Tuesday, 2 February 2010


picture from www.victims.org.uk

Certainty worries me.  People who are certain frighten me.

I used to be certain.  I was 16, a vulnerable teenager brainwashed by fundamentalist Christians.  I went around telling people they would burn in hell if they didn't turn to Christ,  This did not win me many friends, as you can imagine.  Imagine saying that to your mother when she has just lost her husband? Nice.

Luckily bloody-mindedness came to my rescue.  One night I was supposed to lead a prayer meeting, but I went down with a migraine.  If you have ever had a real migraine, you will know that I was not capable of getting out of bed, let alone leading a prayer meeting!  Between attacks of vomiting, I rang the church leader who was hosting the meeting at her home to explain I could not come.  She was very angry.  She told me it was my duty to Christ to turn out. She was so certain.  So the Church and I fell out.

Since then, I have learnt that certainty breeds bigotry and violence.  The Pope is certain that gays will burn in Hell.  He doesn't want them to have equal rights.  Or rather, he wants some people to be more equal than others.  Its the thin end of the wedge.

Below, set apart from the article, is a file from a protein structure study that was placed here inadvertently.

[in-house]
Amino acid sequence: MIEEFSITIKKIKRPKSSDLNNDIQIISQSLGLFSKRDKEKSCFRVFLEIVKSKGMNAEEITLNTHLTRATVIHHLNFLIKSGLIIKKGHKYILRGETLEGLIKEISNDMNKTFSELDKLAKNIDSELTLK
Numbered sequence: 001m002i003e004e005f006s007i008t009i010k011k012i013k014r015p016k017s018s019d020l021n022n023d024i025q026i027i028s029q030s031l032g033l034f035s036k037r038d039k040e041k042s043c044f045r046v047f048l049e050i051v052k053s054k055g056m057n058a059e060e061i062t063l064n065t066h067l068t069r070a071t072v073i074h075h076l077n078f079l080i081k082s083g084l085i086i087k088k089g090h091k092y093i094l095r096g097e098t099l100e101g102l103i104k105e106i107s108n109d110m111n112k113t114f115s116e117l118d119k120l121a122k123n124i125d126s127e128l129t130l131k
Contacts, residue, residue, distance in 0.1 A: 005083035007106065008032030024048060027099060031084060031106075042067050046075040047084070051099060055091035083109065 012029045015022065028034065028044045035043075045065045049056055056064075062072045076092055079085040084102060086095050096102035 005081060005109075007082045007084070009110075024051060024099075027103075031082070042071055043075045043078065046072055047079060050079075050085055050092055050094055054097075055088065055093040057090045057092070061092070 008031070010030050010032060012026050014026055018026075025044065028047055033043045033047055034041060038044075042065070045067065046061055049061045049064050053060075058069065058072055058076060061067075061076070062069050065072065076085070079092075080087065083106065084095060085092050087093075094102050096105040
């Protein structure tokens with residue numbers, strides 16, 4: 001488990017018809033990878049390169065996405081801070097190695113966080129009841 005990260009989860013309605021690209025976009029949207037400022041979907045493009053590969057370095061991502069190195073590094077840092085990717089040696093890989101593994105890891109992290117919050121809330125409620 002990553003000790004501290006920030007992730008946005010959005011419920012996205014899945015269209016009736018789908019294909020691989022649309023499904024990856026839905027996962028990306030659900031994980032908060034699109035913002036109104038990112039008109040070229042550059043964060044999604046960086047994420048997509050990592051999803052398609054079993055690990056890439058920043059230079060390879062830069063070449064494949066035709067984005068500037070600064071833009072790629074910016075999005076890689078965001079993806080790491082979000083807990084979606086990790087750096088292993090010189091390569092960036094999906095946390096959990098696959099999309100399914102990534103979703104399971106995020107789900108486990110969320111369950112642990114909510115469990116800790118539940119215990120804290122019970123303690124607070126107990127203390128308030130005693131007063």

Anyone who holds extreme views risks this.  A fundamentalist atheist like Richard Dawkins will tell you its all religion's fault.  And he is terrifyingly certain of this.  He would ban religion just as surely as the Pope would outlaw homosexuality and the Chinese would like to eradicate the Tibetans.  His views hold just the same seeds of violence and distrust.  There are so many people who are absolutely SURE in this world that they are right. From Islamists to animal rights activists and anti-abortion campaigners.  And Jeremy Clarkson, and you just KNOW he is right about everything!

Open your mind.  This world holds a myriad of possibilities.  There is not only one answer.  Its hard on your ego to admit maybe someone else has an answer as good as yours.  But it makes the world a gentler and frankly more interesting place when you do.

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